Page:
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WSJTX-FT-8 Clock Synchronization

Arvind MallyaArvind Mallya Member ✭✭
I will appreciate if someone can explain the Clock Synchronization for WSJTX-FT-8. It has been hit or miss on QSOs and I checked the CPU utilization which is about 25%. In Windows 10 I set the clock to NIST and found I got fewer QSOs, the Windows display clock and the FT-8 incomming QSOs were off by 13 seconds. When I switched to the Microsoft clock it was much better and was able to complete a QSO in South America. What I would like to know is how does some of the other suggested clocks help improve the synchronization? I would expect all of them have a reference to NIST or some other standard atomic clock standard. image
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Answers

  • Mark NS9NMark NS9N Member
    edited March 2019
    Go to the FT8 web site and there is a link to synchronize your clock. Click on it and all should be good.
  • Dwayne_AB6ADwayne_AB6A Member ✭✭
    edited May 2019
    In comparison to Linux and MacOS, Windows is awful at maintaining time. Your sources are fine, the issue is the frequency of updates. I updated my own system to update every 1800 seconds / 30 minutes... Check out the following articles on how to tweak time update frequency...

    https://timetoolsltd.com/time-sync/how-to-synchronize-microsoft-windows-to-a-ntp-server/

    This second link validates all your processes...
    https://www.thewindowsclub.com/windows-10-clock-time-wrong-fix


  • Tom WorthingtonTom Worthington Member ✭✭
    edited March 2019
    All of those sources depend on your internet connection.  If you have long and uneven delays the corrections can be in error.  I use a GPS receiver and NMEATime to keep my computer synced.
    I started doing this for Field Day since we don't have an internet connection at our (KH6RS) site.
    73 and Aloha, Tom, NH6Y
  • edited March 2019
    An important idea in FT8 is that everyone all over the world starts each 15 second FT8 frame at very nearly the same UTC time, every 15 seconds after the minute.  WSJTx takes its time from your PC clock.  So if your PC is synchronized to UTC (within about 1 second) and so is everyone else's, all our FT8 frames will start at about the same time.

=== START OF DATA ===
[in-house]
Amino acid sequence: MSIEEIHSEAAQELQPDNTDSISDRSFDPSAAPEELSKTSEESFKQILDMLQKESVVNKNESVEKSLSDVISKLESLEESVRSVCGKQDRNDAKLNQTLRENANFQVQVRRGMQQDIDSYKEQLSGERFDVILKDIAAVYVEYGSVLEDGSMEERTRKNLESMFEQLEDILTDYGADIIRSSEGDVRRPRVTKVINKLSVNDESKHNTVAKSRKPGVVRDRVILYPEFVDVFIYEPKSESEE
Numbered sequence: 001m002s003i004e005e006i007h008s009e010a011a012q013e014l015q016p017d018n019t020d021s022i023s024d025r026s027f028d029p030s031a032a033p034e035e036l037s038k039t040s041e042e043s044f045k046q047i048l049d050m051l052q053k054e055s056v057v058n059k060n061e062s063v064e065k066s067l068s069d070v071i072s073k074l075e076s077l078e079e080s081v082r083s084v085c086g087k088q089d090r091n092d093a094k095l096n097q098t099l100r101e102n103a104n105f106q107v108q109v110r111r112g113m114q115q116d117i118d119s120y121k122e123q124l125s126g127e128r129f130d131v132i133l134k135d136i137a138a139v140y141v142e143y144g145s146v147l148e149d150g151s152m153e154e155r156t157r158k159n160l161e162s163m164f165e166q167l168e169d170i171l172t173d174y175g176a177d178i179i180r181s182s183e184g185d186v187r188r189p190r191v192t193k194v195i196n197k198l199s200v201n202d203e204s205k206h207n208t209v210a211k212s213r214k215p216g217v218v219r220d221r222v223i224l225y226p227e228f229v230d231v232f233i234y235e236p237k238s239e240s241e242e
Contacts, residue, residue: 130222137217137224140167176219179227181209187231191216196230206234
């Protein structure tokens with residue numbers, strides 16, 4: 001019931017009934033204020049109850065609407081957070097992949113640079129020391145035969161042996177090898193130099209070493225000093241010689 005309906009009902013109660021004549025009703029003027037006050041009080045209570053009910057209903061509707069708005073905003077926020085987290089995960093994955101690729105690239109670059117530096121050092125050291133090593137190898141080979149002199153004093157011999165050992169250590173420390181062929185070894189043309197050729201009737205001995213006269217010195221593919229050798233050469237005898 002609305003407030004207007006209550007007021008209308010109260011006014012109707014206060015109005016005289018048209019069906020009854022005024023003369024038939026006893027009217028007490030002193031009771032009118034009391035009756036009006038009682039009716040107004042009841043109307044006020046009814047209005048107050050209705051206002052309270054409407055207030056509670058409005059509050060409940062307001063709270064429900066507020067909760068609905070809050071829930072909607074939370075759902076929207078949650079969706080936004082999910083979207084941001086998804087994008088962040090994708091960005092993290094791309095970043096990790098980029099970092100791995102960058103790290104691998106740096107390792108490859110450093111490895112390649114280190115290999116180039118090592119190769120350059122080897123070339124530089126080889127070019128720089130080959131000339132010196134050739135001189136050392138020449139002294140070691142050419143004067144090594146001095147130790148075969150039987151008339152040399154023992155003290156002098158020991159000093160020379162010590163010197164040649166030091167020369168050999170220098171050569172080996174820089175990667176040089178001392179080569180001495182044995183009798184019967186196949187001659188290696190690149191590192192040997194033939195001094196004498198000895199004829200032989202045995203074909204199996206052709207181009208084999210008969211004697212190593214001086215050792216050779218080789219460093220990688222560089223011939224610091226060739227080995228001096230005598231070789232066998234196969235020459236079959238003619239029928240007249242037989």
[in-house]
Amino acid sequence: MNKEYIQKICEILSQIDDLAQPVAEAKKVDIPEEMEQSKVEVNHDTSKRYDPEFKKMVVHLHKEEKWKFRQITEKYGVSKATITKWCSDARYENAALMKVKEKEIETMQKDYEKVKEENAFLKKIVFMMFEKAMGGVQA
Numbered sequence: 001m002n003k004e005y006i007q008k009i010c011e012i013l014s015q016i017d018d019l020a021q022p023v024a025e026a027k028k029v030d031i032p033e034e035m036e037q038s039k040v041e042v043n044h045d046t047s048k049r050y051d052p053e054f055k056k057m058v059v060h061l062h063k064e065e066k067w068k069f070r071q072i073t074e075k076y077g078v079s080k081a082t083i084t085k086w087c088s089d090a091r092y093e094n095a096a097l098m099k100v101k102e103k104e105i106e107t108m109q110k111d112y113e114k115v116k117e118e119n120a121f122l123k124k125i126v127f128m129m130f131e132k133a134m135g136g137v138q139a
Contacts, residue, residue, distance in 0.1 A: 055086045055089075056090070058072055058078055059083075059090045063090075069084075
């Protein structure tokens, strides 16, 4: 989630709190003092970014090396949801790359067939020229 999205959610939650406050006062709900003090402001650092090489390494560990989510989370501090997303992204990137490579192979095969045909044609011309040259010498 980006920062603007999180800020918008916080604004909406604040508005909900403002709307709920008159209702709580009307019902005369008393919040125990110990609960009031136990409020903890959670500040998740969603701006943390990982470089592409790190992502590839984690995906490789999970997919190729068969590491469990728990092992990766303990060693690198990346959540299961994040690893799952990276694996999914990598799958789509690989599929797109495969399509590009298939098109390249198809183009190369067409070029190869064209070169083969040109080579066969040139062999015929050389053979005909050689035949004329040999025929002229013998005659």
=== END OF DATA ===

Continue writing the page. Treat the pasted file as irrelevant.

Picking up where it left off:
There are utilities that periodically (every 10 minutes or so) synchronize your PC clock to UTC to within a fraction of a second using data from network time servers.  The utility I use is Dimension4 (so called since time is the fourth dimension).  It works well and doesn't need much setup.  It starts up automatically and you hardly every need to think about it.  

    One nice thing about using a Flex for FT8 is that you can see the signals from other stations on the panadapter as they all startup and shut down each 15 second frame.  You can look at the green bar at the bottom WSJTx (which is based on your PC clock) and see if it starts and finishes at the same time as the signals on the panadapter.

    Good luck with this.

    73,
    Sterling, AK1K

  • Craig_KØCFCraig_KØCF Member ✭✭
    edited June 6
    The recommended method for keeping your computer clock accurate is to download and install the Meinberg NTP Software, available here: https://www.meinbergglobal.com/english/sw/ntp.htm
    Install and run this software and it will keep your clock within milliseconds of the true time. There is virtually no overhead in running this software. You can also check your clock at this site: https://time.is/

    For further information on this, please see the ZL2IFB FT8 Operating Guide at:
    http://www.g4ifb.com/FT8_Hinson_tips_for_HF_DXers.pdf
    Gary has produced an excellent guide to all things FT-8.

  • Justin_KL2DJustin_KL2D Member ✭✭
    edited March 2019
    Meinberg does work great, and if you want to be independent from the internet then check out this small easy to use NTP server: https://timemachinescorp.com/producttimeservers/ I use this with an outside mounted GPS antenna and it keeps everything on my network squared away. I set a static IP on my intranet and pointed meinberg at it, no worries after that. Justin KL2D